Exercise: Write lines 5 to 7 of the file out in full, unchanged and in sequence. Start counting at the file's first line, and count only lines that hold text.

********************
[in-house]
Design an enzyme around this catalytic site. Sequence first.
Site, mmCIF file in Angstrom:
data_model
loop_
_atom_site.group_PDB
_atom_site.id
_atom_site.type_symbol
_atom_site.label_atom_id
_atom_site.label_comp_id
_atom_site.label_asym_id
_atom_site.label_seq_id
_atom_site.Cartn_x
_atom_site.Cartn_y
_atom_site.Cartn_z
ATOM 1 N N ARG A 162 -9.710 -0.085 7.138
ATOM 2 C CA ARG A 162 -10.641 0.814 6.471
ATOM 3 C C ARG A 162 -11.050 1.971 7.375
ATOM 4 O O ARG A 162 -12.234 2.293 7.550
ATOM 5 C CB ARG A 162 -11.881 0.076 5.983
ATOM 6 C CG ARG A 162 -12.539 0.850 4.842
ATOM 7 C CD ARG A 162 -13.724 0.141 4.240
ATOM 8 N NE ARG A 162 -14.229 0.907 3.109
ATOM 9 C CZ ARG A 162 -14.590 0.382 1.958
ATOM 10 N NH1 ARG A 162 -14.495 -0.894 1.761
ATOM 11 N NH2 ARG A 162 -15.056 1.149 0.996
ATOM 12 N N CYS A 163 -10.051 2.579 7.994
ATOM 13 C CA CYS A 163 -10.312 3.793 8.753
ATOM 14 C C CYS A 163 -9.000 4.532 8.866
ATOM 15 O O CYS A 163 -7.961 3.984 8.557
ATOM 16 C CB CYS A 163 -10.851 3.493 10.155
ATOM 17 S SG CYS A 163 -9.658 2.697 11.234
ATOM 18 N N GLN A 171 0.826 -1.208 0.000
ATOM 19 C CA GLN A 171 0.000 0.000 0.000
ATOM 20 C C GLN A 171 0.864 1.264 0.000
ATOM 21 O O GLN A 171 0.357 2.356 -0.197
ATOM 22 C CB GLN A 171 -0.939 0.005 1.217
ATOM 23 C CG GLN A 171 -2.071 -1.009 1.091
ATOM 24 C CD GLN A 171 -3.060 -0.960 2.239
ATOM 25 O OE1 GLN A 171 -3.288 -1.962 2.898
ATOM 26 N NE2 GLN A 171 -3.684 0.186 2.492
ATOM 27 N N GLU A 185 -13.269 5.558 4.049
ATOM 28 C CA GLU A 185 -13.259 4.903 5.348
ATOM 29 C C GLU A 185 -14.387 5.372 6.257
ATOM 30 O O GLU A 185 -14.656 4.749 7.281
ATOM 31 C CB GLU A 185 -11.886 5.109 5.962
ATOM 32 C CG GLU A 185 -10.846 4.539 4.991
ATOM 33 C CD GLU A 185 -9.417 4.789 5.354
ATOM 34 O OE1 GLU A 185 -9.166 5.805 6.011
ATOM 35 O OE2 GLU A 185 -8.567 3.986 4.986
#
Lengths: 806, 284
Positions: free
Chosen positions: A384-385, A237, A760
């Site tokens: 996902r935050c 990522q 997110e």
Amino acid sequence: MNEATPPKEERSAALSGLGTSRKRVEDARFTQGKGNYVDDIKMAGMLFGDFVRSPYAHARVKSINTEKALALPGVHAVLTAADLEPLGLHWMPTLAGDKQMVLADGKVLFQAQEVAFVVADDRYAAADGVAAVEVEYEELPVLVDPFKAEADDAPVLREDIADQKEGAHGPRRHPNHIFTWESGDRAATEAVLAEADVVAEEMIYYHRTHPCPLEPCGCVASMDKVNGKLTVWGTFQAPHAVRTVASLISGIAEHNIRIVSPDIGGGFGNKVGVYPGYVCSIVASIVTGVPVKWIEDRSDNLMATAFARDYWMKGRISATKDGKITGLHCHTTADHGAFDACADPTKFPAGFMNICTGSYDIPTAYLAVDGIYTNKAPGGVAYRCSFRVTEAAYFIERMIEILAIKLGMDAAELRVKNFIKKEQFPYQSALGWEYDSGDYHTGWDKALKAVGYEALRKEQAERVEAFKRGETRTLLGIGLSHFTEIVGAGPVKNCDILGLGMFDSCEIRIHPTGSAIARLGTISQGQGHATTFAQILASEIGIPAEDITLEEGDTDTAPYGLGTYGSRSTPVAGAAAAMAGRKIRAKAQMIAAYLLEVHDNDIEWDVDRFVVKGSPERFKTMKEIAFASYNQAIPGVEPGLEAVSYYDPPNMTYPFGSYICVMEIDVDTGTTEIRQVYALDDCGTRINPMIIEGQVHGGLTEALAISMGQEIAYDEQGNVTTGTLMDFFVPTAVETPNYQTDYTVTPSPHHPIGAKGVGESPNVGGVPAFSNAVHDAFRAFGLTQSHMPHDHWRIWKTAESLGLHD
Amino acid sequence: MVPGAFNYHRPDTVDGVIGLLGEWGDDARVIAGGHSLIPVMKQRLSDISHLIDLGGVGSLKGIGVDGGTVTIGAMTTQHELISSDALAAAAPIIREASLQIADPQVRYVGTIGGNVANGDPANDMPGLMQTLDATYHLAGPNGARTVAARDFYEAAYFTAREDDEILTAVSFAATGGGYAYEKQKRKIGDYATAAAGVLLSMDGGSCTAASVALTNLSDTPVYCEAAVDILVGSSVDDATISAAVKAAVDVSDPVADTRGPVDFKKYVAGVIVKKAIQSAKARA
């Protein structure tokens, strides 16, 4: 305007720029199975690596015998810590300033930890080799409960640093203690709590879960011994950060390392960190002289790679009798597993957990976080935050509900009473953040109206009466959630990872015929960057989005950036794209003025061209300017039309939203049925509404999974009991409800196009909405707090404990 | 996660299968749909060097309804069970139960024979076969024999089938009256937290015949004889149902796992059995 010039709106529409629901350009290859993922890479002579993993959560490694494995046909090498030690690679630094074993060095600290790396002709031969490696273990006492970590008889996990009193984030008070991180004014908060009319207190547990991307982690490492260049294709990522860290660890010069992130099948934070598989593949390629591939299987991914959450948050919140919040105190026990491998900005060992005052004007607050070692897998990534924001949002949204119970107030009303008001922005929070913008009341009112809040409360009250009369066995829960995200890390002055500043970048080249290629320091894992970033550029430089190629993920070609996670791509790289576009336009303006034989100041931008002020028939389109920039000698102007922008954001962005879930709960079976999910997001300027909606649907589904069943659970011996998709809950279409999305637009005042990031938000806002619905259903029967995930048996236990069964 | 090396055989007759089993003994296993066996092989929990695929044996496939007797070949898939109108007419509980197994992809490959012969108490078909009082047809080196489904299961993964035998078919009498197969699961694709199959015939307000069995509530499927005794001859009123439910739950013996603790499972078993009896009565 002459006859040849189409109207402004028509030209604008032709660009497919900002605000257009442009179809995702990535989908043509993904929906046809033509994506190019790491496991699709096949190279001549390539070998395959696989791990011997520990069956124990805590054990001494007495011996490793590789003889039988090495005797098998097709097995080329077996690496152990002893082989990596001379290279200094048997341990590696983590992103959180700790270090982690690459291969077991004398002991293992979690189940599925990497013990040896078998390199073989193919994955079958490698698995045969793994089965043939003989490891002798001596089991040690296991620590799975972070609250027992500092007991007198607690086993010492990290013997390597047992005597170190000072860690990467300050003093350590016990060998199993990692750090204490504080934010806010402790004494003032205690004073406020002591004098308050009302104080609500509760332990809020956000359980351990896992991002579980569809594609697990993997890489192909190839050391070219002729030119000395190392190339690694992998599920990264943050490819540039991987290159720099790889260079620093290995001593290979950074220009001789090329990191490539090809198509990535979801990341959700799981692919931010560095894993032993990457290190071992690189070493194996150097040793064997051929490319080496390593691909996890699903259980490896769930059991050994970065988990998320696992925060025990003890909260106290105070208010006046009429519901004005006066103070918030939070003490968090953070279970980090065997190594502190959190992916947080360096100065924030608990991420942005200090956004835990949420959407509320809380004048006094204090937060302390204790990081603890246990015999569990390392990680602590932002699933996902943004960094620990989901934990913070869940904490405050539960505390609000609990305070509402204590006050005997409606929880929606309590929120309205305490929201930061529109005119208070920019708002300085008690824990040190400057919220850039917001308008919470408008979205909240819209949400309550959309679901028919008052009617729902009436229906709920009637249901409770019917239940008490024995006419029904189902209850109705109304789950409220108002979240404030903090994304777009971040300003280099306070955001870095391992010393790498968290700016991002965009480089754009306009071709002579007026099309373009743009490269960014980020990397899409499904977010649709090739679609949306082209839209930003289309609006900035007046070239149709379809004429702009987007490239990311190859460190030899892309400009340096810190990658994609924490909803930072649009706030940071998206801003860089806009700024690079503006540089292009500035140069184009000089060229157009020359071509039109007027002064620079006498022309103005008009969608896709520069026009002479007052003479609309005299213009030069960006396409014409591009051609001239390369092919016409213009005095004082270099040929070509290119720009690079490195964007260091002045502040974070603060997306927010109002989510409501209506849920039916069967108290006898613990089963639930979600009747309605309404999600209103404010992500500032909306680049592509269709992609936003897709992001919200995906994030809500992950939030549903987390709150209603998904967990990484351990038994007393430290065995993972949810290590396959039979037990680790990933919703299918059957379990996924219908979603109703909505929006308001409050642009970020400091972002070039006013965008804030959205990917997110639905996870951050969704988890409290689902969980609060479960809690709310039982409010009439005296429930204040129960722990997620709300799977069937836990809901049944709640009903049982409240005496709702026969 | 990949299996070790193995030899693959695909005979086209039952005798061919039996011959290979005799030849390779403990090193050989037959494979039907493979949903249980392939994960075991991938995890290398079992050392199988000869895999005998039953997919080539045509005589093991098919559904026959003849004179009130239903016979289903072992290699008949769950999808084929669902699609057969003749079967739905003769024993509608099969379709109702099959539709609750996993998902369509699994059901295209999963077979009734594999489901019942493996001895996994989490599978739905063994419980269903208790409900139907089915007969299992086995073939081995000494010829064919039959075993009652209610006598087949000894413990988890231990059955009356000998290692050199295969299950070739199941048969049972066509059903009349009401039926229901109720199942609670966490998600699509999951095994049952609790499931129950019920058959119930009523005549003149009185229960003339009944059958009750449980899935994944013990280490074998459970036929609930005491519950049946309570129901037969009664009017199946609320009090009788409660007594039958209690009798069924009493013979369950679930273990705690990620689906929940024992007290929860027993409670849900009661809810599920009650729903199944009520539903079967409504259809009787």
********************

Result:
loop_
_atom_site.group_PDB
_atom_site.id